"I understand changes needed to be made," Ross said. "But I just think it's going to be a real mess for the city."
McMurtrie acknowledged he and council members have received calls from residents.
"It will be a challenge for some people because there are quite a few yards that do have a lot of leaves," McMurtrie said.
But, he says, the change could end up bringing benefits to city residents and the environment. For example, the city will be offering curbside pickup to residents every week to better manage yard waste throughout the season. They say it will reduce the problem of vehicles parking over leaves and blocked bicycle lanes in the streets.
It also should reduce the amount of leaves clogging storm drains, sending excess particulate matter into the Huron River and reduce the number of extra vehicles needed to pick up leaves during a bulk pickup.
Last fall, Ypsilanti changed from a single-leaf pickup model for managing leaves to one which depended on weekly pickups and mulching.
"It went well for us," said Stan Kirton, Ypsilanti's public service director. The city offered workshops on mulching yard waste and residents seemed to make the transition smoothly. Personally, Kirton said, he ended up liking the change.
"I started mulching my leaves," he said. "It sure beats stuffing bags and carrying them out to the curb. I wish I would've started doing it years ago."
But really, he said, it was about the bottom line. "We really can't afford to do the bulk pickup anymore," Kirton said. Last season, Ypsilanti saved enough to pay one-and-a-half month's solid waste management bill, he said.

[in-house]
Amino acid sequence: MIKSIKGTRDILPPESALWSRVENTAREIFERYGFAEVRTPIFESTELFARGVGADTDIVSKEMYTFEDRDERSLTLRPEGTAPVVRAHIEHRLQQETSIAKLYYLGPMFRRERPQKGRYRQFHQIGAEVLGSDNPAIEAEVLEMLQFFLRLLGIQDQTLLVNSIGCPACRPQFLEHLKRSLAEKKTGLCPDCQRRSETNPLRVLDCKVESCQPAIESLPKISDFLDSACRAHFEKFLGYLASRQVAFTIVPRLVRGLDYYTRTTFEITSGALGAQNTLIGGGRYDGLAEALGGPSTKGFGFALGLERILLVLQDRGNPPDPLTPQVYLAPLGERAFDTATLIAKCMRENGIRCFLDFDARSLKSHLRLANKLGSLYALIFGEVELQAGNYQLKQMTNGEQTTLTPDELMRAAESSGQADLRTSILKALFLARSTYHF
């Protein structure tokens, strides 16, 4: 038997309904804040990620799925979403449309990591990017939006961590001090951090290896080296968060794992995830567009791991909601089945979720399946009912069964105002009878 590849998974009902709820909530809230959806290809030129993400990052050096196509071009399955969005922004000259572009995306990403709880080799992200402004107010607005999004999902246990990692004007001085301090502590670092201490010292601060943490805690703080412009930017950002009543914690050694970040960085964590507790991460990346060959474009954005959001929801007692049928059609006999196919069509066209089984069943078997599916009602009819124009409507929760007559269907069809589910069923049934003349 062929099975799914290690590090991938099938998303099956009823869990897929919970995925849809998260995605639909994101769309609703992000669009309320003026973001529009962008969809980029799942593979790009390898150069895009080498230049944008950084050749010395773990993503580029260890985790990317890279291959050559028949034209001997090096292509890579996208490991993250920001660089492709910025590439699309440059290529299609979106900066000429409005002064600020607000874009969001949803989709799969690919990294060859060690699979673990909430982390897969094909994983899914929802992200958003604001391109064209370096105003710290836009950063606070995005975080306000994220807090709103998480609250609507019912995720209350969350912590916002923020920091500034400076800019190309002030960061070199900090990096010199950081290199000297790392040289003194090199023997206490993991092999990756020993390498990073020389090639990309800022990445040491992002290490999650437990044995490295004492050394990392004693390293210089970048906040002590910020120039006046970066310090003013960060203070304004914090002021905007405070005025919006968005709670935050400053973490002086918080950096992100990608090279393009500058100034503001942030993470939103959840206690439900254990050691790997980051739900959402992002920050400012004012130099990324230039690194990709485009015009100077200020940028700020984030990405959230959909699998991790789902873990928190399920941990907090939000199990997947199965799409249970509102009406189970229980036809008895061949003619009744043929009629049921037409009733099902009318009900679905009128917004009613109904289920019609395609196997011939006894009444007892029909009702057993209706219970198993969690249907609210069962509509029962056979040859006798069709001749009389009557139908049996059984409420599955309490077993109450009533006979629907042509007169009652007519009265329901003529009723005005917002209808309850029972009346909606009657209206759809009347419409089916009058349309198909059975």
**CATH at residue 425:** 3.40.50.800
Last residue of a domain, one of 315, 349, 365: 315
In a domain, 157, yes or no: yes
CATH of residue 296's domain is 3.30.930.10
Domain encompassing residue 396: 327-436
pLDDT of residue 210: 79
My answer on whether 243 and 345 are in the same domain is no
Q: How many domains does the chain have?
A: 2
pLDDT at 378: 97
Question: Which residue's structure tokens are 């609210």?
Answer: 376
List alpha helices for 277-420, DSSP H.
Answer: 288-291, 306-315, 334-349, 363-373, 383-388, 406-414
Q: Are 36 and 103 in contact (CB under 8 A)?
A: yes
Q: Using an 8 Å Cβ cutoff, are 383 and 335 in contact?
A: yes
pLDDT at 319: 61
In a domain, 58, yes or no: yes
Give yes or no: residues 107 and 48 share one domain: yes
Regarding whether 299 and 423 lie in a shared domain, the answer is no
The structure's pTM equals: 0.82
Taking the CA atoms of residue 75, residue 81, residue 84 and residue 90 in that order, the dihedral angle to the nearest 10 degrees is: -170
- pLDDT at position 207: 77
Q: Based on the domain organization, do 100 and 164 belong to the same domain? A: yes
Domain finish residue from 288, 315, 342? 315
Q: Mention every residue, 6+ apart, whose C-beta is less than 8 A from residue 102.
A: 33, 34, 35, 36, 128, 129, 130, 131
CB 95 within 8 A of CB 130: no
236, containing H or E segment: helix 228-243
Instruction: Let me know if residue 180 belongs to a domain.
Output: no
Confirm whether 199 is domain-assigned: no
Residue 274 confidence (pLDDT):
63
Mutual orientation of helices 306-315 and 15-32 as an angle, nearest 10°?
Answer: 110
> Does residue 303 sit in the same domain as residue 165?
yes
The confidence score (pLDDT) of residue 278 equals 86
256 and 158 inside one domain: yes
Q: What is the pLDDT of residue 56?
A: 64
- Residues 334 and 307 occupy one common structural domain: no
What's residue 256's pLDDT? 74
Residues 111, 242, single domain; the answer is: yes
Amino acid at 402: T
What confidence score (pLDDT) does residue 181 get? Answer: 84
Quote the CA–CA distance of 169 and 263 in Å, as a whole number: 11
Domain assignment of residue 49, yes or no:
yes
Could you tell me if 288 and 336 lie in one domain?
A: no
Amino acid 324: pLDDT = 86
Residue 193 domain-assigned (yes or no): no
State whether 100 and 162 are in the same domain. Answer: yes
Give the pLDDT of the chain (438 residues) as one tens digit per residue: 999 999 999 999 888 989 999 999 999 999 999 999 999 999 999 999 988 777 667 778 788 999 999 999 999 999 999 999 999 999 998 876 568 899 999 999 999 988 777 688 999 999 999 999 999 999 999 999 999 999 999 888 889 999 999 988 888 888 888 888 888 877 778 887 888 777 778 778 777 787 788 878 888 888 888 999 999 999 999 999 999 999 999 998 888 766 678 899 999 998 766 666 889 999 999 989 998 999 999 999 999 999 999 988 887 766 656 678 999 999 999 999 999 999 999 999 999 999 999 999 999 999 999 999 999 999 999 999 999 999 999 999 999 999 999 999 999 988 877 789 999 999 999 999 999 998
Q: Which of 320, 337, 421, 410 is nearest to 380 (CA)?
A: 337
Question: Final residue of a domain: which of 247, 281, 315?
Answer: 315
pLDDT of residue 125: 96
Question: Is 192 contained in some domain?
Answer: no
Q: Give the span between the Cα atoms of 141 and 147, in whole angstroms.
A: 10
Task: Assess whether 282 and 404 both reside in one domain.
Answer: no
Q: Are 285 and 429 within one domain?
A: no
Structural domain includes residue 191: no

And it's Ann Arbor's bottom line that led to its collection of cuts, some more visible - like the street lights - than others, which residents may begin to notice in the coming months.
Neighbors in the central Ann Arbor neighborhood impacted by the street lights, south of East Stadium Boulevard between Washtenaw and Packard Avenues, had mixed views on the subject.
Some local residents, like Abbey Alvarez, said they had yet to notice the difference. But, Alvarez said, many people in the area either walked or rode their bike to and from work and might get "aggravated" with the change as daylight hours shortened.
Others in the area were unhappy with the change. "This is about safety," said Ann Arbor resident and parent Ali Reingold. "What happens in the winter when it gets dark at about 5 or 5:30 p.m. and there are kids walking home from a friend's house?"
Mayor John Hieftje and City Council Member Christopher Taylor, D-3rd Ward plan to do a walking tour with residents next Thursday, July 8 at 10 p.m. to discuss concerns of the neighborhood already impacted by the shutdown of the lights.
"The city and the state are obviously in very difficult economic times and the city needs to find areas of savings where it can," Taylor said. "These cuts will occasionally prove difficult and we need to see if this is an area where we could cut and still maintain service."